Theme 5: Toledo Businesses and World Markets
While it took time for Toledo to develop a successful industrial base, once it did, it did not take long for the companies to develop international markets.
The Owens Bottle Company, founded in 1904 by Michael Owens to produce the first machine that could produce glass bottles automatically, was one of the earliest Toledo companies to seek global expansion. One year after the company was founded, Owens and his investor Edward Drummond Libbey were selling licensing rights to the machine overseas. Within five years, the machine was in use all over Europe. Another company of Owens and Libbey—the Libbey-Owens Sheet Glass Company—sold its unique machine for making flat glass to the Japanese in 1920. The joint venture created the American-Japan Sheet Glass Company, and today is known as the huge international conglomerate of Nippon Glass.
One company that literally took the name “Toledo” around the world was Toledo Scale. Every one of its scales prominently displayed the company’s name, and the company’s motto of “No Springs, Honest Weight” was universally recognized. Some of the scales are still in use in far-flung countries around the globe today.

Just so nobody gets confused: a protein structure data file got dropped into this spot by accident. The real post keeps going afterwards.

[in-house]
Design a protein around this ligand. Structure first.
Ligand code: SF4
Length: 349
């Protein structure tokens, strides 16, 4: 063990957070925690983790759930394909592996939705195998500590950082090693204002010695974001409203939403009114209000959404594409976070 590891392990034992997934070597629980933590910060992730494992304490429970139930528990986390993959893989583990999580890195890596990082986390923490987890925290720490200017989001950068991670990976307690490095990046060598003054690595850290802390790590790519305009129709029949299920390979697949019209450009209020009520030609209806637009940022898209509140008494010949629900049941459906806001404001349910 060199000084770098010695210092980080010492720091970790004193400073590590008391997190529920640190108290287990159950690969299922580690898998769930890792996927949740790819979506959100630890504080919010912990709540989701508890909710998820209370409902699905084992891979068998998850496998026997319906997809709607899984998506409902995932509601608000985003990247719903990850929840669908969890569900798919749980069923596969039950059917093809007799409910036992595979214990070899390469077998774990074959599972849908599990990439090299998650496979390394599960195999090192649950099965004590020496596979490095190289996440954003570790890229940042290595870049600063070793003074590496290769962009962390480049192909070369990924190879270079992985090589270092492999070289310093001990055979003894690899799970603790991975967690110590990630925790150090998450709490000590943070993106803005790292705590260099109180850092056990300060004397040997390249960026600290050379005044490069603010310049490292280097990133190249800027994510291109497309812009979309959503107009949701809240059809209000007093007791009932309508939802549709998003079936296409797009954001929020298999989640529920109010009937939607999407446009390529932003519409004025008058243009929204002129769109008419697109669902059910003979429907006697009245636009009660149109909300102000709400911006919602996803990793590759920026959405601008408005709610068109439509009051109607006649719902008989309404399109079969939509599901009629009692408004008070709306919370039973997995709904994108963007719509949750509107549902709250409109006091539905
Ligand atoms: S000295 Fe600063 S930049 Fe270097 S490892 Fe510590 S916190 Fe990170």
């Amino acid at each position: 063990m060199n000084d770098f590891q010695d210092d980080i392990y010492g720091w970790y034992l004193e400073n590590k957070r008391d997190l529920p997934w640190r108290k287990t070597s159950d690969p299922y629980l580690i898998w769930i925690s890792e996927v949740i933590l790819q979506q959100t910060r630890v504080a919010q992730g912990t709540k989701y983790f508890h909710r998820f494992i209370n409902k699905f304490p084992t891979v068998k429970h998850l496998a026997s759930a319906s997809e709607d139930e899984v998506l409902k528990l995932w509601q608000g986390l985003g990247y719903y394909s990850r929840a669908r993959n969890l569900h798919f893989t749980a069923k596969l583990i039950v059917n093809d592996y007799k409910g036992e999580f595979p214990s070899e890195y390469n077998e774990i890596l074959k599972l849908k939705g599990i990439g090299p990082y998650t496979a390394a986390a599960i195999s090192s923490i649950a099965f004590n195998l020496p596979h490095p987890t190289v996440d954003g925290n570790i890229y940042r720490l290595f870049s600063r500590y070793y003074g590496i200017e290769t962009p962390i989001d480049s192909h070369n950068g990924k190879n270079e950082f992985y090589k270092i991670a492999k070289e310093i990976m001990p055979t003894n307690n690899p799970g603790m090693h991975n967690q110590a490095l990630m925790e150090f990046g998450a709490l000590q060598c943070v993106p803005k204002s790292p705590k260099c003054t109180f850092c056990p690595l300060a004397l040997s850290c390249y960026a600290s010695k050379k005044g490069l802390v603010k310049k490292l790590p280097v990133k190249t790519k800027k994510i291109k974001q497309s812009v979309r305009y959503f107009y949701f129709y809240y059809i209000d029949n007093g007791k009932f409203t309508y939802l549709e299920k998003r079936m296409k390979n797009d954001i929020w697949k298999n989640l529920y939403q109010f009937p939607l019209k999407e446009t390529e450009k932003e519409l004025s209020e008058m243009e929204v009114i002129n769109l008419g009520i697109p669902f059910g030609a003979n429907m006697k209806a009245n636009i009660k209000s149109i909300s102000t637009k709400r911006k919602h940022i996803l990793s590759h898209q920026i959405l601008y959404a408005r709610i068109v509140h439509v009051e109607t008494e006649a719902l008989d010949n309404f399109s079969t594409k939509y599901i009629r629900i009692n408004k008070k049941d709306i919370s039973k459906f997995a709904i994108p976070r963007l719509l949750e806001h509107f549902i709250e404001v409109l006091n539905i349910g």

Another Toledo company can claim that its products played a key role in winning wars. In 1940, Willlys-Overland produced a prototype for a lightweight yet strong military vehicle that came to be known as the Jeep. During World War II, the Jeep was so key to victory that it was often called the Steel Soldier. It became a symbol to many around the world of American ingenuity.
But globalization of markets has been a double-edged sword for Toledo. Today, Toledo workers find themselves competing with workers in foreign countries were wages and regulations make products cheaper than they can be produced in the U.S.
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